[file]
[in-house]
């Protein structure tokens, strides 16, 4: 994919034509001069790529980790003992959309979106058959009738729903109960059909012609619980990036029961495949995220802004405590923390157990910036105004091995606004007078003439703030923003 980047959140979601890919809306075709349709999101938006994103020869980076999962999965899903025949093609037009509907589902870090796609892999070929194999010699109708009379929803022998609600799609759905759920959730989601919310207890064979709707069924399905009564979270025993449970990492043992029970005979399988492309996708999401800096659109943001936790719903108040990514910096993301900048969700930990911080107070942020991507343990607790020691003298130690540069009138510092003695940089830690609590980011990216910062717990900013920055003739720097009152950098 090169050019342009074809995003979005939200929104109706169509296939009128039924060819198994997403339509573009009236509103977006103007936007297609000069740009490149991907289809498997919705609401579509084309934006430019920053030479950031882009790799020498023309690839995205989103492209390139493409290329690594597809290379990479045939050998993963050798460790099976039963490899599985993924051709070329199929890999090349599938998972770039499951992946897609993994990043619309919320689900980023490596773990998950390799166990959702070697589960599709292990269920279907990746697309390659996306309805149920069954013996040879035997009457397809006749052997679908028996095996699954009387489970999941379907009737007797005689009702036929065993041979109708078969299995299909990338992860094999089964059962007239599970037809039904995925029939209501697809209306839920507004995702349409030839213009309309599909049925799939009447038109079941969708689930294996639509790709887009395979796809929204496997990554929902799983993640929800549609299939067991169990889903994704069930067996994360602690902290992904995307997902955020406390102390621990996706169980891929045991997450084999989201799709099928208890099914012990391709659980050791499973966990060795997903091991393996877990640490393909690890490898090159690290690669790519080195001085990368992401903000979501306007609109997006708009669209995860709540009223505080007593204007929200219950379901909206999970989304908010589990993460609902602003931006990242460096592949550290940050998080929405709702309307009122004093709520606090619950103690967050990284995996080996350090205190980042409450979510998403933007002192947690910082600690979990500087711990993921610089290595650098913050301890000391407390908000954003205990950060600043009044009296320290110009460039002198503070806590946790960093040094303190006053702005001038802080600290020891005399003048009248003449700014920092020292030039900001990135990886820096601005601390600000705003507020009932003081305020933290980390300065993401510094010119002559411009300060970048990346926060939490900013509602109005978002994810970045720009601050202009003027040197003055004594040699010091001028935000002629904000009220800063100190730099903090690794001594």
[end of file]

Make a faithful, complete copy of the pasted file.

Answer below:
[in-house]
């Protein structure tokens, strides 16, 4: 994919034509001069790529980790003992959309979106058959009738729903109960059909012609619980990036029961495949995220802004405590923390157990910036105004091995606004007078003439703030923003 980047959140979601890919809306075709349709999101938006994103020869980076999962999965899903025949093609037009509907589902870090796609892999070929194999010699109708009379929803022998609600799609759905759920959730989601919310207890064979709707069924399905009564979270025993449970990492043992029970005979399988492309996708999401800096659109943001936790719903108040990514910096993301900048969700930990911080107070942020991507343990607790020691003298130690540069009138510092003695940089830690609590980011990216910062717990900013920055003739720097009152950098 090169050019342009074809995003979005939200929104109706169509296939009128039924060819198994997403339509573009009236509103977006103007936007297609000069740009490149991907289809498997919705609401579509084309934006430019920053030479950031882009790799020498023309690839995205989103492209390139493409290329690594597809290379990479045939050998993963050798460790099976039963490899599985993924051709070329199929890999090349599938998972770039499951992946897609993994990043619309919320689900980023490596773990998950390799166990959702070697589960599709292990269920279907990746697309390659996306309805149920069954013996040879035997009457397809006749052997679908028996095996699954009387489970999941379907009737007797005689009702036929065993041979109708078969299995299909990338992860094999089964059962007239599970037809039904995925029939209501697809209306839920507004995702349409030839213009309309599909049925799939009447038109079941969708689930294996639509790709887009395979796809929204496997990554929902799983993640929800549609299939067991169990889903994704069930067996994360602690902290992904995307997902955020406390102390621990996706169980891929045991997450084999989201799709099928208890099914012990391709659980050791499973966990060795997903091991393996877990640490393909690890490898090159690290690669790519080195001085990368992401903000979501306007609109997006708009669209995860709540009223505080007593204007929200219950379901909206999970989304908010589990993460609902602003931006990242460096592949550290940050998080929405709702309307009122004093709520606090619950103690967050990284995996080996350090205190980042409450979510998403933007002192947690910082600690979990500087711990993921610089290595650098913050301890000391407390908000954003205990950060600043009044009296320290110009460039002198503070806590946790960093040094303190006053702005001038802080600290020891005399003048009248003449700014920092020292030039900001990135990886820096601005601390600000705003507020009932003081305020933290980390300065993401510094010119002559411009300060970048990346926060939490900013509602109005978002994810970045720009601050202009003027040197003055004594040699010091001028935000002629904000009220800063100190730099903090690794001594």